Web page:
Although benzene can be biodegraded when dissolved oxygen is sufficient, delivering oxygen is energy intensive and can lead to air stripping the benzene. Anaerobes can biodegrade benzene by using electron acceptors other than O2, and this may reduce costs and exposure risks; the drawback is a remarkably slower growth rate. We evaluated a two-step strategy that involved O2-dependent benzene activation and cleavage followed by intermediate oxidation coupled to NO3 - respiration. We employed a membrane biofilm reactor (MBfR) featuring nonporous hollow fibers as the means to deliver O2 directly to a biofilm at an accurately controlled rate. Benzene was mineralized aerobically when the O2-supply rate was more than sufficient for mineralization. As the O2-supply capacity was systematically lowered, O2 respiration was gradually replaced by NO3 - respiration. When the maximum O2-supply capacity was only 20% of the demand for benzene mineralization, O2 was used almost exclusively for benzene activation and cleavage, while respiration was almost only by denitrification. Analyses of microbial community structure and predicted metagenomic function reveal that Burkholderiales was dominant and probably utilized monooxygenase activation, with subsequent mineralization coupled to denitrification; strict anaerobes capable of carboxylative activation were not detected. These results open the door for a promising treatment strategy that simultaneously ameliorates technical and economic challenges of aeration and slow kinetics of anaerobic activation of aromatics.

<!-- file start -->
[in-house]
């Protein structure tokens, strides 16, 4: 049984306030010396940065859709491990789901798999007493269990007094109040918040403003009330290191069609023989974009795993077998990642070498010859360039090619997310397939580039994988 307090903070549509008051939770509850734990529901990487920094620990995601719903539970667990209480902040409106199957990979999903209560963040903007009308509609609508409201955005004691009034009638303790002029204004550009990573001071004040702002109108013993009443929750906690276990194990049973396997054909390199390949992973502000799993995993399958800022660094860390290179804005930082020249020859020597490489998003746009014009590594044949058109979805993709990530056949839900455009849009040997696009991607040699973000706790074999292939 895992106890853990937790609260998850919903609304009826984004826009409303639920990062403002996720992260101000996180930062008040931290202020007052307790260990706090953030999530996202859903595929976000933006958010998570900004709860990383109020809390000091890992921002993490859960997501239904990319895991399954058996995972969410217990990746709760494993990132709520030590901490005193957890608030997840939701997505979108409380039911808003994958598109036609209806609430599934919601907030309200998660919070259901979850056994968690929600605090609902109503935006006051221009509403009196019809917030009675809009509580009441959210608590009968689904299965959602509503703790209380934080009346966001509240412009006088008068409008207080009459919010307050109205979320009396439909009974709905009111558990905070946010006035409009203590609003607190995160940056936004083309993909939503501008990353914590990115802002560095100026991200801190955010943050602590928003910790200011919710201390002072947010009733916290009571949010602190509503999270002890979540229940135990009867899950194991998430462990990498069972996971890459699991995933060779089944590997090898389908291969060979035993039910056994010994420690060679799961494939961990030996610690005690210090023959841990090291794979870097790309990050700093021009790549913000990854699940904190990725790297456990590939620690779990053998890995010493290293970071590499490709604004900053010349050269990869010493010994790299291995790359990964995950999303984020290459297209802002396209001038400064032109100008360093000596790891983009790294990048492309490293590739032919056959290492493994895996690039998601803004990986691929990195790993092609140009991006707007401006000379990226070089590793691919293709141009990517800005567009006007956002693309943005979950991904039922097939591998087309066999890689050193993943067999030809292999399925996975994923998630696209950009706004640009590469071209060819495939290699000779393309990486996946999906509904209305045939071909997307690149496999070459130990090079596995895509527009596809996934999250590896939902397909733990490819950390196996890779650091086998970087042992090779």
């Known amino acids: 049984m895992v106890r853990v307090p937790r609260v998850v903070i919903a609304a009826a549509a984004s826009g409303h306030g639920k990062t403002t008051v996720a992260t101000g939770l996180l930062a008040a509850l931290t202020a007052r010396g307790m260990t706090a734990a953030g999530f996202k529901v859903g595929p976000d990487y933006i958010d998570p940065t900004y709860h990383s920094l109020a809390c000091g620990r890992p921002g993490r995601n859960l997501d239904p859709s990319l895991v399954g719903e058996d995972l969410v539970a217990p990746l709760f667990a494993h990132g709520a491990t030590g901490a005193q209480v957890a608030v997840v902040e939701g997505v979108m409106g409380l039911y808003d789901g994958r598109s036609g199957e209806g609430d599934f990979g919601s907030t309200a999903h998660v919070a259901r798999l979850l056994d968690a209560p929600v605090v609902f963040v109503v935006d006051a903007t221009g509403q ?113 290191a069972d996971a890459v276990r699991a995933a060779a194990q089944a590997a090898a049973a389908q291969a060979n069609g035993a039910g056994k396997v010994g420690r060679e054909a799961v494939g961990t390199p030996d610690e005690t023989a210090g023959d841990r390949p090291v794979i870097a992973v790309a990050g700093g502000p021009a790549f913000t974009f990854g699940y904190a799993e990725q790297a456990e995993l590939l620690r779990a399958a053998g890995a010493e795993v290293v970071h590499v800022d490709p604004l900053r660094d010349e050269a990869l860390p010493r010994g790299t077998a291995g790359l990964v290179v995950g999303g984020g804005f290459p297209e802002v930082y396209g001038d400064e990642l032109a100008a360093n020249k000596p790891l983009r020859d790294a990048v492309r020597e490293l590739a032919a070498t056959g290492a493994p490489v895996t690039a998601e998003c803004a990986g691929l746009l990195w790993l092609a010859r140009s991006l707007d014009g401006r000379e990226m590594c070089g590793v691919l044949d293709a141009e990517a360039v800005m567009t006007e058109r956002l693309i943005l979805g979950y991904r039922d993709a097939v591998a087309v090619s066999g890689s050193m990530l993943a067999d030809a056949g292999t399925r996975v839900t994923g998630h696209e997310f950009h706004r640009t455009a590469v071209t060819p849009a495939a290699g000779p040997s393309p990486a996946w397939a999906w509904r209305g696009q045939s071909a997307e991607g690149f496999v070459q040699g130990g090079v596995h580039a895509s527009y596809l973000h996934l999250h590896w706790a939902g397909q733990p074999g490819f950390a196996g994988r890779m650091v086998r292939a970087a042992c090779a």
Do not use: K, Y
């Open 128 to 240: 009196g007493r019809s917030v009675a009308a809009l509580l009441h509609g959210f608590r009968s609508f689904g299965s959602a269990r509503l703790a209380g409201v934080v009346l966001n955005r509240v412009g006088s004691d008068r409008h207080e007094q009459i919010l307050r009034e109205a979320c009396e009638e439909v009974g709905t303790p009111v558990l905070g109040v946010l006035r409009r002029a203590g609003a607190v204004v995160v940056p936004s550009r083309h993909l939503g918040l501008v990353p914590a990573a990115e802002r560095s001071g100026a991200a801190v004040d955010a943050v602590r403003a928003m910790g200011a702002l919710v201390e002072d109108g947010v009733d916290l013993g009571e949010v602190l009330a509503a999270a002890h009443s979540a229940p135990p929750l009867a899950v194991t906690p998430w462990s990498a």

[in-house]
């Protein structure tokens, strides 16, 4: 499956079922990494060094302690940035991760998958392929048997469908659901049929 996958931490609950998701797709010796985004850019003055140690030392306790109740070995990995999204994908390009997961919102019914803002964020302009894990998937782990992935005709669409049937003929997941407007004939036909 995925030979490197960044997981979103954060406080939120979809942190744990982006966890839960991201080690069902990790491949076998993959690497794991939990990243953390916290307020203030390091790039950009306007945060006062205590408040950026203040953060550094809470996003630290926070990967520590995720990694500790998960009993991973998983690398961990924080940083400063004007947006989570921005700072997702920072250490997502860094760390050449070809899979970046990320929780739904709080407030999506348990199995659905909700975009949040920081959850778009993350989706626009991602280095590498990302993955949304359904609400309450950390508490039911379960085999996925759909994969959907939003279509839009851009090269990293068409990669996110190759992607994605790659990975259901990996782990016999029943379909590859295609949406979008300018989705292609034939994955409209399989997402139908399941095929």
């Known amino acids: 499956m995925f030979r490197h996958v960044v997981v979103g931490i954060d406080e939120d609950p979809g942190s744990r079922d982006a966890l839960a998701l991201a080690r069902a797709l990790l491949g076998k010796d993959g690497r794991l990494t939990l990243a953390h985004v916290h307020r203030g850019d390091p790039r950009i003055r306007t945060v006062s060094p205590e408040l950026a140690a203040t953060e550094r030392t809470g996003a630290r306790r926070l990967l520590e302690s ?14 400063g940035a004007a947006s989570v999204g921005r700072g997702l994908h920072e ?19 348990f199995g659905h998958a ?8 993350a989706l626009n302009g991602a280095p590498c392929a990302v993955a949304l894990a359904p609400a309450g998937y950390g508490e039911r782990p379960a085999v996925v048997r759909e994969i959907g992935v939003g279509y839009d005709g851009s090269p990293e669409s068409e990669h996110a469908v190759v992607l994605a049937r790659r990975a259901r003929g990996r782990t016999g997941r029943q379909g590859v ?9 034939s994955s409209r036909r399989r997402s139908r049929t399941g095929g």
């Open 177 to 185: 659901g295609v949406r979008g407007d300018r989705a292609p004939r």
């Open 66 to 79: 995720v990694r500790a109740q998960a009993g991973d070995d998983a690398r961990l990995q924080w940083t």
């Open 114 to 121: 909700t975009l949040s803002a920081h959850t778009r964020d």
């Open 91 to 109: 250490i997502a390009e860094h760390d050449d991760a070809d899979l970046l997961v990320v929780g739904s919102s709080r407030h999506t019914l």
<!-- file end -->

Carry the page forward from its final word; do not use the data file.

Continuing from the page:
- Benzene activation
- Nonporous membrane
- O supply
ASJC Scopus subject areas
- Applied Microbiology and Biotechnology